Sunday, April 12, 2020

Our New Normal

I mentioned in my last post that I had started a pandemic journal to document this weird and wild coronavirus roller coaster we're on. The overriding theme that seems to be emerging as I complete one page after another in this quarantine sketchbook is change and the way our lives today differ from what's normal.

I decided this week to put together a two-page spread (which quickly turned into four pages) with written notes about our new normal and all the changes we've adjusted to over the past few weeks as we've withdrawn from the world and begun sheltering at home, all day, every day.


I wrote down each idea as it came to me, working on the pages over the course of a few days. It wasn't until I finished it and went back to read over everything that I realized how this pandemic has touched every facet of our lives. It was shocking to see it all laid out in one place: the loss of the freedoms we usually take for granted, the changes to society, the product shortages, the lack of physical contact, and the many illnesses and deaths. 


There are moments when it's all seems horrifying, and I can't stand to read another article about it or watch the news, but in the next moment I read a story that illustrates how loving and generous and creative people can be, and my spirits rise again.

The full four-page spread (click to enlarge)

I guess this roller coaster ride is here to stay for awhile, and I'll continue to document it in my journal, because I don't ever want to forget what we lived through and how we survived. And it will be a reminder forever of how precious a normal day and regular life is.

NOTES:
The pens that I used for the text on these pages are Chameleon Fineliners. They're a unique type of felt-tip pen that enables you to seamlessly blend colors as you write. I used this set of bright colors, but because the paper color in this journal is a warm creamy yellow, it changed and muted the ink color to what you see here.


The journal I'm using is a 3-1/2" x 5-1/2" Moleskine Japanese Album. It has smooth 90 lb. paper that's intended for use with markers, pencil, and ink. It's not ideal for the wet media that I prefer, but I wanted to use this sketchbook because of the accordion-fold format.


I can choose to work on a single page or spread my sketch across as many panels as I want. The pages featured in this post fill four single pages.


The paper is slick and my Micron pens and fountain pens glide across it nicely, but I don't love it for watercolor. Paints don't blend and combine the way they do on watercolor paper. The pages stay nice and flat, though, even when adding watercolor washes to a page.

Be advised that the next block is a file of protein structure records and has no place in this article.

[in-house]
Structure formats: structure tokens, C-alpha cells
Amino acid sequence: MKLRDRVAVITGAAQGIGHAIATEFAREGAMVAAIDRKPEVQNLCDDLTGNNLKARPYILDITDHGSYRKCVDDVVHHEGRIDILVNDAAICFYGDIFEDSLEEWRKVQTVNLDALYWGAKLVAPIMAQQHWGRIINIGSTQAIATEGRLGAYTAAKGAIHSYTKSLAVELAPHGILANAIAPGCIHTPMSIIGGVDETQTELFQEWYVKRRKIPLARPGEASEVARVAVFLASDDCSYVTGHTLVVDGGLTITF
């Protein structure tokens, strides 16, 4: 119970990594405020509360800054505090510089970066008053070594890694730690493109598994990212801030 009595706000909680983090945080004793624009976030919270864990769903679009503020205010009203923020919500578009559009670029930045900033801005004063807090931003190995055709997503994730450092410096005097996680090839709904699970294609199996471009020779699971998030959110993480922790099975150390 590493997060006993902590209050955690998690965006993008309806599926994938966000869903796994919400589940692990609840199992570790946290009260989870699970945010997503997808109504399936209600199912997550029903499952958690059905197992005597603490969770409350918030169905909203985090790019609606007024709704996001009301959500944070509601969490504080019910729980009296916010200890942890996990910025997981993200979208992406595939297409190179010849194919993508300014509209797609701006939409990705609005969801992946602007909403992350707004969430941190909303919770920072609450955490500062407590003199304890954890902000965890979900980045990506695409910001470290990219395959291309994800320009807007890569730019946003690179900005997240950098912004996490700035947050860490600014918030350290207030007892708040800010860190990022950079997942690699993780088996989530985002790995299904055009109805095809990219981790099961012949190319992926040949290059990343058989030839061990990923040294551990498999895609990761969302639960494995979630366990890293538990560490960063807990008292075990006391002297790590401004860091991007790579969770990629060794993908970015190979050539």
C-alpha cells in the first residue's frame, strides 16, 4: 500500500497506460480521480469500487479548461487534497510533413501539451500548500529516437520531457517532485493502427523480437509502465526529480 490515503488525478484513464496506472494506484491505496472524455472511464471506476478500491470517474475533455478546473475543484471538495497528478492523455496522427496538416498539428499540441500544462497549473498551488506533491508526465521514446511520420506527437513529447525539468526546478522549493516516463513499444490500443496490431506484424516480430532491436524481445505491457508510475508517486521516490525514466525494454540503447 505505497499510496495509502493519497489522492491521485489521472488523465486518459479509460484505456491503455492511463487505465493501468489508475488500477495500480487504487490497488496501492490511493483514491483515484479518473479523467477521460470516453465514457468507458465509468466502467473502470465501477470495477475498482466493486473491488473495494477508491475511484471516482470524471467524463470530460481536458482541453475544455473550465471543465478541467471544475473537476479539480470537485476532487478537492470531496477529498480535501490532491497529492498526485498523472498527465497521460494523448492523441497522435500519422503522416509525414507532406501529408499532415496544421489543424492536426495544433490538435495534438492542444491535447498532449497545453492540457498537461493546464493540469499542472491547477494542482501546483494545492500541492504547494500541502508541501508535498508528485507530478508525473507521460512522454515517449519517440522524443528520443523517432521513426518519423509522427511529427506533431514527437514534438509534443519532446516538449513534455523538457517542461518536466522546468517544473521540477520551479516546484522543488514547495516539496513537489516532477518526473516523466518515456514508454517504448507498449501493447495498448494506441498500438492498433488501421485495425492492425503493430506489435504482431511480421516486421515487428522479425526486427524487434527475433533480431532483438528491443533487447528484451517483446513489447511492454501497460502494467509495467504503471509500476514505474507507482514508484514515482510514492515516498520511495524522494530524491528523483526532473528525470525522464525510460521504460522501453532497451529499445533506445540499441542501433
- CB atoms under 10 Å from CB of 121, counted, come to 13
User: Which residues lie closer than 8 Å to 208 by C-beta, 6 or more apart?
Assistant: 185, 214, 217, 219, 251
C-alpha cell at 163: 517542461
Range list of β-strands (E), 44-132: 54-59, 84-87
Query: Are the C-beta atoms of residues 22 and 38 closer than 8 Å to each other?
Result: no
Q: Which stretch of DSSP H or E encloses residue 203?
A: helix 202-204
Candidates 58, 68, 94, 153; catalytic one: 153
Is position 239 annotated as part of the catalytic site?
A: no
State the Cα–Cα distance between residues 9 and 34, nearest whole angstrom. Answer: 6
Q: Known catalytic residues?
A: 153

I really dislike cream-colored paper because it's impossible to get clean, bright colors on it. Everything looks a bit dull to me. Challenging as it may be to use this journal for watercolors, I'm not unhappy with it. I'm learning how to deal with its idiosyncrasies.


And it's really fun to unfold the pages and see my sketches all lined up side by side! Being able to see all those different facets of the pandemic experience at a glance is an advantage to using a Japanese album sketchbook for this journal.


Let's hope this is a once-in-a-lifetime, never-to-be-repeated opportunity to chronicle something this far-reaching and life-changing.

Stay well, my friends!

3 comments:

  1. Hi Leslie! I am also journaling this time in our lives with words. I love your work! So inspiring! I hope one day to take one of your classes. Be forewarned, I have difficulty drawing a stick figure. Am I even allowed to take one of your classes? You are making masks and I am crocheting ear savers to go with the masks. Not being able to hold my grandson is the hardest part of this for me. I used to watch him three days a week. But I know there is an end in sight. I even ordered cabinet locks for when he returns. While reading your list I was thinking about the changes that we want to keep. There are definitely some of those. Stay well and keep posting please. Thanks, Terry

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  2. Stick figures are definitely allowed - maybe that's your style. :) And landscapes and still lifes are a lot easier than drawing people, so maybe we'll start you off with one of those. I do hope to meet you in a class one day when things get back to normal. Until then, we can be online friends!

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  3. Thank you! I look forward to meeting you. I love that we are online friends! Another positive in this challenging time --- new friends!

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